Of course, multiplayer is the big draw for New Super Mario Bros. Wii, and my time with it was simultaneously very entertaining and uniquely awkward; regrettably, my inept attempts to assist fellow players were easily misconstrued as malicious, or in one particularly unfortunate case involving Yoshi and a Piranha Plant, just plain murderous (sorry, random person!). One detail I found especially interesting was that everybody has five lives, but if all players should die near-simultaneously (leaving no-one left to free players from the bubble they reappear in after dying), then it's game over for everyone, regardless of how many lives they have left in reserve. As evidenced by the way an ill-advised attempt to nab a precariously placed Star Coin away from my "colleague" led to our instant destruction, this system makes maintaining some level of co-ordination amid the inevitable chaos and antagonism of it all even more important than it might seem initially. I know it's been noted many times over at this point, but it really is this constant tension between co-operation and mischief that makes New Super Mario Bros. Wii such an enjoyable multiplayer experience.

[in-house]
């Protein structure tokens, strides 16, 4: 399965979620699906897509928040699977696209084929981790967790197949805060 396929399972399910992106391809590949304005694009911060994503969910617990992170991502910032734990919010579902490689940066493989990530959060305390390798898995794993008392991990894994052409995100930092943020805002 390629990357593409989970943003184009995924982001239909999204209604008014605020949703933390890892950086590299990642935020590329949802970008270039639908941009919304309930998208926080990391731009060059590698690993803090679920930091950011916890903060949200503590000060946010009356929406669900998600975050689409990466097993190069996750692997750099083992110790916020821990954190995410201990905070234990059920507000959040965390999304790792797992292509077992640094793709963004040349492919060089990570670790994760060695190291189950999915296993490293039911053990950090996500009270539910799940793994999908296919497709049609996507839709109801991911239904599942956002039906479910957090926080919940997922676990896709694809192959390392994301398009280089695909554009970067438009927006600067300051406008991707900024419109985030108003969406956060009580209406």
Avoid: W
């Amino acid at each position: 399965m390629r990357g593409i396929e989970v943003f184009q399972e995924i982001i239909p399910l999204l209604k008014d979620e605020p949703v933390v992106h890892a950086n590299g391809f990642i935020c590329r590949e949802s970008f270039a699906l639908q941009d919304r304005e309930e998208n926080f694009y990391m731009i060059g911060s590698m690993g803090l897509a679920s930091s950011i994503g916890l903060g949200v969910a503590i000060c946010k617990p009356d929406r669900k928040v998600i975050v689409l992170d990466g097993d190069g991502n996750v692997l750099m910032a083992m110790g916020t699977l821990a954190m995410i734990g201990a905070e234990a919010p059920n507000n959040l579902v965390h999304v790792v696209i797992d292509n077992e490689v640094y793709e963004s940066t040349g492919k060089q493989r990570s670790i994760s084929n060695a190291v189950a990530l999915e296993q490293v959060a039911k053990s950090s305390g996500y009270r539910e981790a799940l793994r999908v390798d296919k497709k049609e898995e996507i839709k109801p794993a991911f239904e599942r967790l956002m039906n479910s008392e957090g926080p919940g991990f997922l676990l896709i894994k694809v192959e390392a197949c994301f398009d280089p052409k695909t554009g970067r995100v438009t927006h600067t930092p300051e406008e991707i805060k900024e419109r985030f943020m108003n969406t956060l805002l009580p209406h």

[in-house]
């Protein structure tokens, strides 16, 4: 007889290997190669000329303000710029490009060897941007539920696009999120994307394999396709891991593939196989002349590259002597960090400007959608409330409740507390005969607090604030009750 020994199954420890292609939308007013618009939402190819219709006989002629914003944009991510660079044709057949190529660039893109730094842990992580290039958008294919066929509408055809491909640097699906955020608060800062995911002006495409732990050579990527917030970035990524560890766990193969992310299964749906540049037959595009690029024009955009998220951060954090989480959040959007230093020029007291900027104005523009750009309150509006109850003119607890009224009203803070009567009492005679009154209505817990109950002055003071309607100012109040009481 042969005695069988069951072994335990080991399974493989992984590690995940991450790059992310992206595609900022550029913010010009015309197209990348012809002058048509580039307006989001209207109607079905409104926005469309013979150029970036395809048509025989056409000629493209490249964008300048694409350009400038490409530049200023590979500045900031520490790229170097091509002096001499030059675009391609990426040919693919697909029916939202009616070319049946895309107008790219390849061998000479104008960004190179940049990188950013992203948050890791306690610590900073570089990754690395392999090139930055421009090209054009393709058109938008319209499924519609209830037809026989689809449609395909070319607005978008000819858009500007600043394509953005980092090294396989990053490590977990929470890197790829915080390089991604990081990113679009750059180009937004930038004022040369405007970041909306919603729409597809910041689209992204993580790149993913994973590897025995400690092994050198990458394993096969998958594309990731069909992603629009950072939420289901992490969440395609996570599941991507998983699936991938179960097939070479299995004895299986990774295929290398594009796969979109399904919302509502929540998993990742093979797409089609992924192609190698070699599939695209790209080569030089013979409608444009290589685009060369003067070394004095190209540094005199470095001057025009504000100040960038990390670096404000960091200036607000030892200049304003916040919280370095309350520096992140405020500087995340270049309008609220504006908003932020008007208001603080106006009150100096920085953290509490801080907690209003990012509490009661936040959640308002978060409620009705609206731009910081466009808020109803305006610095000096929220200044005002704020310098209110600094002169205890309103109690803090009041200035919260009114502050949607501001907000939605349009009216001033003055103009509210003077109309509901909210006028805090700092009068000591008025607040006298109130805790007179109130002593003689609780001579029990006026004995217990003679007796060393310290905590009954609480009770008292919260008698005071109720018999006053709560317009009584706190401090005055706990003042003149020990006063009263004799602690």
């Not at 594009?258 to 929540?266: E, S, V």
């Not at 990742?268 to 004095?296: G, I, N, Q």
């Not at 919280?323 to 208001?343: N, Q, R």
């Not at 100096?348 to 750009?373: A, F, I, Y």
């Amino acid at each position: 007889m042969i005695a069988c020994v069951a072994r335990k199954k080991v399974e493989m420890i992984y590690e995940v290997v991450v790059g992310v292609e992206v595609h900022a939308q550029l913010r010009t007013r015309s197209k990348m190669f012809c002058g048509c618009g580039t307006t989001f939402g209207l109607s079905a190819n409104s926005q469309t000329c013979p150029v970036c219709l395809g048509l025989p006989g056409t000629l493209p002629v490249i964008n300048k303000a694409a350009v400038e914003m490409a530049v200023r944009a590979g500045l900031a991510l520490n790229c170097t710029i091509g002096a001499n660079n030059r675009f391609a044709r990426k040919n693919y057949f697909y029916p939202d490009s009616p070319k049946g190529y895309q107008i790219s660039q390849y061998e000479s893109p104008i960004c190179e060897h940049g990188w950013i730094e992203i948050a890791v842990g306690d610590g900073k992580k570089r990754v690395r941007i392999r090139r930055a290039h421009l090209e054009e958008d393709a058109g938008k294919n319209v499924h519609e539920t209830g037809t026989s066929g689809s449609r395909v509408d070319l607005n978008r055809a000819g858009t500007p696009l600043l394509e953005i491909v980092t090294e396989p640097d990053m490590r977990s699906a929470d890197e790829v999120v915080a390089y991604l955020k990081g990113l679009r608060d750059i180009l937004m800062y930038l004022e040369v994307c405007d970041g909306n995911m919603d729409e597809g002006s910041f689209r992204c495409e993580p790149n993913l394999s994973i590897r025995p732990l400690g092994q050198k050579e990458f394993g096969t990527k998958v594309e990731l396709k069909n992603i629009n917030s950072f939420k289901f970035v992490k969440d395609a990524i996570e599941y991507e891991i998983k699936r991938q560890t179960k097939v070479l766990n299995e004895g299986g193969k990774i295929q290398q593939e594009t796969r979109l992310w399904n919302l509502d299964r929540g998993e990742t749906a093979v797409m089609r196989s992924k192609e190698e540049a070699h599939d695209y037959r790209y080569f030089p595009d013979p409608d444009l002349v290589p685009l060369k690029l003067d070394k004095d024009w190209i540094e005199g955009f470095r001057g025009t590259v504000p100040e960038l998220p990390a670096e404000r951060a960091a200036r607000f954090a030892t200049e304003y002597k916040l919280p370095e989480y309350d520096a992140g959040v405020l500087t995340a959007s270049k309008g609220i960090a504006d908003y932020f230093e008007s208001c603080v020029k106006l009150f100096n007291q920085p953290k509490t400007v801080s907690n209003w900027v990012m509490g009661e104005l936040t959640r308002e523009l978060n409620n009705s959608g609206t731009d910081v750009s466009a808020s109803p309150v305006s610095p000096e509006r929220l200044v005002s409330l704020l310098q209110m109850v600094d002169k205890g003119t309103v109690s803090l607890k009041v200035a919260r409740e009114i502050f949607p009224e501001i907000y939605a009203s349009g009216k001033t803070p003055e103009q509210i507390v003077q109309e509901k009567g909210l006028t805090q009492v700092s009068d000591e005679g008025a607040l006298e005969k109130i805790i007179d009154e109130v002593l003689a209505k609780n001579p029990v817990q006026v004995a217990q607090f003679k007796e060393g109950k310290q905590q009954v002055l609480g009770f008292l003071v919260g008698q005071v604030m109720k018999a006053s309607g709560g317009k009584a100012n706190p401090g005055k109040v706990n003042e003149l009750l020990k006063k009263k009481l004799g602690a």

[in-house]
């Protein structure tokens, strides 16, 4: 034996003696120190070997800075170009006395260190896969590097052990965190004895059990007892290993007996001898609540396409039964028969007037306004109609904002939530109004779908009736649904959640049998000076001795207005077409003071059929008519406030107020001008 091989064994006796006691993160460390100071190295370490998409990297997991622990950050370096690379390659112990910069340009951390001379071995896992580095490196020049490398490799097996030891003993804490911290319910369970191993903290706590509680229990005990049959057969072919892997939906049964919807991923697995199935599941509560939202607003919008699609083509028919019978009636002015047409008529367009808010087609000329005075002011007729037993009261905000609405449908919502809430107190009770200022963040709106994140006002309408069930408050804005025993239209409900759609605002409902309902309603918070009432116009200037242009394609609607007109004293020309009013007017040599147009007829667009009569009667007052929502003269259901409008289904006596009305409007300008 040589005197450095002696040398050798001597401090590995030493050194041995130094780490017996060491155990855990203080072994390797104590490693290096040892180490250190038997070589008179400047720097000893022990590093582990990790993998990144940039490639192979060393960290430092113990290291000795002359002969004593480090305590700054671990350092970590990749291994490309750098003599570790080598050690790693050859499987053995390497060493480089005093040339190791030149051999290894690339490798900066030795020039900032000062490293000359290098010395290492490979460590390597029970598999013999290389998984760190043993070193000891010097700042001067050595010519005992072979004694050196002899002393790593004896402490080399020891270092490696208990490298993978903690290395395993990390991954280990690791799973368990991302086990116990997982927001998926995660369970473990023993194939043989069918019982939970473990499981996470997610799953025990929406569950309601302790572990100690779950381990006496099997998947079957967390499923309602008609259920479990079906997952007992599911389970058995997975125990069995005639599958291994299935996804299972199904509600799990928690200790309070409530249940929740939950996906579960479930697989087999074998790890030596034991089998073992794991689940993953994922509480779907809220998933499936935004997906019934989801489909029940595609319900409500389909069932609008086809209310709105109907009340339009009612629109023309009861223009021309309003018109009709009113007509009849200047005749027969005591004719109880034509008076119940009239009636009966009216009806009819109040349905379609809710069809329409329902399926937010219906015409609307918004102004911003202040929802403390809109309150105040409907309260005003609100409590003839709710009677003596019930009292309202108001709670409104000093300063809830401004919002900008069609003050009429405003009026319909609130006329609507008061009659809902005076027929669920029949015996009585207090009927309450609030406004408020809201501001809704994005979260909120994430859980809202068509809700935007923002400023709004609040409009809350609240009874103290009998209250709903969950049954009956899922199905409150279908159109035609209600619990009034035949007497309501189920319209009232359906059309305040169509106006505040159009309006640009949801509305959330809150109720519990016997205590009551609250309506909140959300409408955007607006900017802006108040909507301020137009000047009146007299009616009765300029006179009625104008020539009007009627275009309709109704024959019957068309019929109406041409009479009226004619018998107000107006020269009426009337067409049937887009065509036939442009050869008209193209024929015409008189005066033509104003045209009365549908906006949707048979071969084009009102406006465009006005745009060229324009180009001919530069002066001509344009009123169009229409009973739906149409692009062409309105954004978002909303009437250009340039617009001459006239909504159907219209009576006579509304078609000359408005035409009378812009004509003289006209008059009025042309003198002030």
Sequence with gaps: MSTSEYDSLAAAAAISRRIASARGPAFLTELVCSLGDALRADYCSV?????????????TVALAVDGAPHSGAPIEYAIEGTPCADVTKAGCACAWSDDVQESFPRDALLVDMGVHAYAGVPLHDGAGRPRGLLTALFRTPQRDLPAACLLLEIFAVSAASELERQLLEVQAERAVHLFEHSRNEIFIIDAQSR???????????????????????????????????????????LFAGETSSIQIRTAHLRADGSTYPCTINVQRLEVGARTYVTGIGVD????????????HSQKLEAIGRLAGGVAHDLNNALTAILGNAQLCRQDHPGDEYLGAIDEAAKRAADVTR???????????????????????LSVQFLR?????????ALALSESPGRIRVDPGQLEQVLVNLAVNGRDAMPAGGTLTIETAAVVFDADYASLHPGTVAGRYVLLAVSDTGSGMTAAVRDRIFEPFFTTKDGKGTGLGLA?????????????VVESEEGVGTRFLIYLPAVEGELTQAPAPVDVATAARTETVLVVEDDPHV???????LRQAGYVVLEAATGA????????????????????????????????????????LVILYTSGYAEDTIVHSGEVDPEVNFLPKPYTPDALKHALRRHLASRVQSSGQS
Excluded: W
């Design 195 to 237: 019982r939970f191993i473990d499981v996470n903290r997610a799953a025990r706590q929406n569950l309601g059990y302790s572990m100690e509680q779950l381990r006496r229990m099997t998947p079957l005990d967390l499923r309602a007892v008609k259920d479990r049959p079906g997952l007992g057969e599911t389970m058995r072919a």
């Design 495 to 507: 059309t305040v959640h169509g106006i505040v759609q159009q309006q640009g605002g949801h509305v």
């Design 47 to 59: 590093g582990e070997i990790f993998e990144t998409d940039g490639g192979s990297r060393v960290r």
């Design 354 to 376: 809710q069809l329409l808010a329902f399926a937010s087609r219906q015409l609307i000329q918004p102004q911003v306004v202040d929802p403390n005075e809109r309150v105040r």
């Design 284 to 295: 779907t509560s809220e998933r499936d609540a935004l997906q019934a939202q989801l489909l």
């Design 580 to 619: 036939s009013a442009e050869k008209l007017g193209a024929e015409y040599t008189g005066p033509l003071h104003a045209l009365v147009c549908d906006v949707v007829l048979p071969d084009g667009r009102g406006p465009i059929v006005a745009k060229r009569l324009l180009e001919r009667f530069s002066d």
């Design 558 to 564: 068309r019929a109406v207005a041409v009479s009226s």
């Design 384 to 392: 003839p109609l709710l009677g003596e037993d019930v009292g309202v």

Tucked away on lesser TV screens were sequels to two diametrically opposed games: the tranquil Endless Ocean, and the frenzied Sin & Punishment. Unfortunately, the low-quality composite display could hardly do justice to the serene beauty of Endless Ocean 2, but a number of refinements on the original game were still apparent. Familiar species displayed greater detail and more intricate animation, new kinds of aquatic environments were open to explore, and the previously risible on-land graphics showed vast improvement. The partial localisation of the demo (it remained laden with Japanese text) made it difficult to see all that I would have liked, but I came away from it very encouraged nonetheless.